Because the shock is contained within the swingarm and does not require a top mount on the frame, the bulk of the 4.8-gallon tank can be positioned down low between the frame rails, close to the centerline of the machine. Two other benefits result from the RR’s fuel placement; the mass of the fuel load has less effect on handling, thereby facilitating quick directional changes; and, because the fuel tank is shorter, the CBR1000RR rider sits closer to the steering head compared to the 954.
To achieve quicker handling, Honda engineers also lightened as many pieces as possible that are far from the center of mass. That gave rise to the RR’s compact Line-Beam headlights, with their high-illumination three-piece reflectors; slim-line LED taillight; single-piston rear brake system that’s lighter than that of the 954; an analog/digital fully electronic instrument panel that’s one of the lightest and slimmest ever mounted on a street bike; plus a host of other changes.
Never before have the sum of the parts of a production street machine added up to such a greater overall whole. Perhaps that’s the greatest legacy the CBR1000RR has inherited from its RC211V MotoGP racing roots.
CBR1000RR Chassis Technology
Torrance, Calif. 02/01/2004 — Look at the CBR(R)1000RR chassis and see Honda’s hard-earned knowledge gained in the ferocious MotoGP wars. This all-new chassis incorporates the engine as an integral frame member, for example, and larger items such as the fuel tank and rider have been positioned carefully to sharpen the machine’s handling response.
These whole-machine concepts, pioneered in the RC211V and subsequently released to the riding public in the form of the 2003 CBR600RR, now incorporate Honda’s latest strides in the CBR1000RR chassis.
Beginning with the styling of the CBR1000RR, which follows the lines set by the RC211V, the family resemblance is unmistakable. A sharp, aggressively angled nose transitions to a sleek, low-profile windscreen–all the better for track-going aerodynamics. The fairing’s side body panels are of three-piece design for easier access to engine and chassis components–plus more of the aggressive look. And the distinctive fuel tank?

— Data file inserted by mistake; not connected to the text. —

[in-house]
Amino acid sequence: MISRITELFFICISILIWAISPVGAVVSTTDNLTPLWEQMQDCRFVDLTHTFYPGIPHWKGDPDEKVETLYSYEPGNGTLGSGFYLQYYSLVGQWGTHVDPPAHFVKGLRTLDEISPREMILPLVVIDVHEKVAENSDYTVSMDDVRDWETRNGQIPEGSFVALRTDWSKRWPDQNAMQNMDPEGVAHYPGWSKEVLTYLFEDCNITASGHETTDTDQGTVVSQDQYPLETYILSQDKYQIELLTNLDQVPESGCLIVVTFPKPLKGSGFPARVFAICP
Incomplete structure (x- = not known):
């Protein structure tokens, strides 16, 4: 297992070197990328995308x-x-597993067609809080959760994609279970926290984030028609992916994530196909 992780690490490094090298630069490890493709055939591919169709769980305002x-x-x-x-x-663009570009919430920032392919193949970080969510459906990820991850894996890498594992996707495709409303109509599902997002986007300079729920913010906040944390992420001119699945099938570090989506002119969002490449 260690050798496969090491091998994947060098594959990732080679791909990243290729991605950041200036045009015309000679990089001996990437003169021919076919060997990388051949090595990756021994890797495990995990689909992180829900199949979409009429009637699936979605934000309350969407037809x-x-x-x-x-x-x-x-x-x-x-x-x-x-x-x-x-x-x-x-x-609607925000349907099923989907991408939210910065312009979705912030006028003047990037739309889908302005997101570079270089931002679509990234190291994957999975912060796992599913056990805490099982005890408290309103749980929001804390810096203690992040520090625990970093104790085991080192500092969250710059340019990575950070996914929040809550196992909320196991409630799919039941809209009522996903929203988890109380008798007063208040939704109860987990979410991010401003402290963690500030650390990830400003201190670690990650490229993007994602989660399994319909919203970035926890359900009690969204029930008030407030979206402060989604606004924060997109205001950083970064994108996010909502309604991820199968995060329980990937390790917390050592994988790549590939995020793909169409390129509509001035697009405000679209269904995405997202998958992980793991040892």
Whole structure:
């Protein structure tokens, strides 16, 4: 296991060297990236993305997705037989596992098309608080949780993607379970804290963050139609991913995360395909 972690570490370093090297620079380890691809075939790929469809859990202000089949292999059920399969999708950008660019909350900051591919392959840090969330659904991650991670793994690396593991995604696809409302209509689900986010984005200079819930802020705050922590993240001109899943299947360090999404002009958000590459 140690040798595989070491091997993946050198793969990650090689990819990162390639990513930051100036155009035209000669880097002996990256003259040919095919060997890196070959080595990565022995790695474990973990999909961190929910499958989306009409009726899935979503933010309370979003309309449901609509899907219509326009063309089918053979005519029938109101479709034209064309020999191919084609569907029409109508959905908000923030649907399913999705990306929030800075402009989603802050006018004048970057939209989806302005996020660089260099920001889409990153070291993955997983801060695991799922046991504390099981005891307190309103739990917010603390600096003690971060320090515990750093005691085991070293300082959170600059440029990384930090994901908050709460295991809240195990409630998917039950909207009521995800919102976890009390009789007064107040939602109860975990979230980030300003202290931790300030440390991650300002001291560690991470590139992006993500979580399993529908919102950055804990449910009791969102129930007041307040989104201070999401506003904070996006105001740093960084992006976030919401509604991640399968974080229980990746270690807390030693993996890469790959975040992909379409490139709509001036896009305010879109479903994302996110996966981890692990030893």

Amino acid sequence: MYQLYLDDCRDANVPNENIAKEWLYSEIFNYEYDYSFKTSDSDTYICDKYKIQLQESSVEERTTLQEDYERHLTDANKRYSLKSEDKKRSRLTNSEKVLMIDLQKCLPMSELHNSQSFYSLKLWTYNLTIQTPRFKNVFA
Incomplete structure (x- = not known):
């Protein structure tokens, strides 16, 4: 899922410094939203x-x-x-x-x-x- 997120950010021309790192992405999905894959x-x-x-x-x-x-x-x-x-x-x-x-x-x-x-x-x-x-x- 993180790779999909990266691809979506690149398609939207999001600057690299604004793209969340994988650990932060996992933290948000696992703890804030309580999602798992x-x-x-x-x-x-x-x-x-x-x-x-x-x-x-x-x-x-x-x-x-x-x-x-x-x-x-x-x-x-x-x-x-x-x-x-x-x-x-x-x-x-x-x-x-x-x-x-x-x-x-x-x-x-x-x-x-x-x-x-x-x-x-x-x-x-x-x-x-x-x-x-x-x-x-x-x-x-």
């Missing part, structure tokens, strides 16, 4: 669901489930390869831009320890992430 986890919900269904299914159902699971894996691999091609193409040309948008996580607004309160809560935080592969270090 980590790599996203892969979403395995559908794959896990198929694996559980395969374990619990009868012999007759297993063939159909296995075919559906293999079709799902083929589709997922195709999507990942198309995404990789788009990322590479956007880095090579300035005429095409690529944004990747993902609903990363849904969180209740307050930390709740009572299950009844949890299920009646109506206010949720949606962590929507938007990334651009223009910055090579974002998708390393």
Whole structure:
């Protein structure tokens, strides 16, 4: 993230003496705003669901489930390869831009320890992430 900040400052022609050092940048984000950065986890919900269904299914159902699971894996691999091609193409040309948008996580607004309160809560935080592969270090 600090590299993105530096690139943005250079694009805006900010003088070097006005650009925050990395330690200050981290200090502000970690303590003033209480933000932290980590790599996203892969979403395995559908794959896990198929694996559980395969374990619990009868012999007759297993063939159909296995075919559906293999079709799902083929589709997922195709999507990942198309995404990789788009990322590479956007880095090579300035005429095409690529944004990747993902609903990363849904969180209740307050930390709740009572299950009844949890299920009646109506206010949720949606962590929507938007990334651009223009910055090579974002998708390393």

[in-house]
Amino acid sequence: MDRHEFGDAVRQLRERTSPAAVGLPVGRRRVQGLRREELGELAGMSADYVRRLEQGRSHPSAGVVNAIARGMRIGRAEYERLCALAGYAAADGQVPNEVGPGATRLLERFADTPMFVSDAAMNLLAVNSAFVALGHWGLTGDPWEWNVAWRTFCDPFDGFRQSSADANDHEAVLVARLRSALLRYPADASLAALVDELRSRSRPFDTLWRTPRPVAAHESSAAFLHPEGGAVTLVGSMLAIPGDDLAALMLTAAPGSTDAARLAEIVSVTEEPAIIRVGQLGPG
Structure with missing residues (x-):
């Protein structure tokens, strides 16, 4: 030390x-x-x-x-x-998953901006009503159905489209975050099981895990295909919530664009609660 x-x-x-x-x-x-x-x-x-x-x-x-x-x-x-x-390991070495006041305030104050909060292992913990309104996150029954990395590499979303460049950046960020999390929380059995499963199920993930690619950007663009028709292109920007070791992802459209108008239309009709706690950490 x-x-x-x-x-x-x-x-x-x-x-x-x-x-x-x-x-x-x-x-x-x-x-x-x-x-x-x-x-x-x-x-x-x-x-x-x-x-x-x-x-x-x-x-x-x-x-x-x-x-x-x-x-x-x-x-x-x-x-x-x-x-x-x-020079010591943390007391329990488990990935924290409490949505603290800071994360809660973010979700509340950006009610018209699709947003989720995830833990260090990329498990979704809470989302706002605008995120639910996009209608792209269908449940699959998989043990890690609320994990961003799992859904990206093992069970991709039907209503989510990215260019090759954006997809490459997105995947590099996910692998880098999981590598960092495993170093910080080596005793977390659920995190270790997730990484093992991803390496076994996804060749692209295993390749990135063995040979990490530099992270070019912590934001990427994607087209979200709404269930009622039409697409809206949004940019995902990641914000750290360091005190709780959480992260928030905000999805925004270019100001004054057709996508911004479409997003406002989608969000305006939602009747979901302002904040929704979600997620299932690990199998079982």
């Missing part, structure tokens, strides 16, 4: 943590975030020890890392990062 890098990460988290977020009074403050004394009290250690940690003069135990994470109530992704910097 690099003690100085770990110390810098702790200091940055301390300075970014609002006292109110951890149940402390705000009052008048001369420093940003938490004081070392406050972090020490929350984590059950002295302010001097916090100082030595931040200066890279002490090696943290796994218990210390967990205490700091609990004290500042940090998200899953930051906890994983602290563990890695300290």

It’s actually a fuel tank cover for the underlying airbox and deep-reaching fuel tank. Experienced eyes will detect its shorter length, which allows the pilot to move forward. Again, this is part and parcel of the CBR1000RR’s RC211V genetic lineage; a compact configuration brings the rider closer to the machine’s center of mass to enhance quick steering transitions and neutral handling.
With handlebars set 1.8 inches lower and footpegs set higher and farther back than those on the CBR954RR, the 1000RR shows off more of its track heritage, yet there is still room for street-going niceties such as a detachable pillion seat that can be replaced with an optional color-matched cowl according to the hauling duties of the day. Underneath the rear seat area, there’s storage room for a small U-lock, gloves and other essentials.
Of course, the big RR takes full advantage of Honda’s MotoGP-derived Unit Pro-Link(R) single-shock rear suspension design. In the Unit Pro-Link layout, the top of the shock mounts to the top of the massive, heavily braced aluminum swingarm rather than to a rear frame crossmember mounted up high. When the rear wheel travels through its arc, the linkage system compresses the shock from below.
As a result, the frame remains isolated from rear suspension loads, and the central frame can now be configured for other uses, specifically, housing a major portion of the fuel load down low, in a position close to the bike’s center of mass for better, more consistent handling.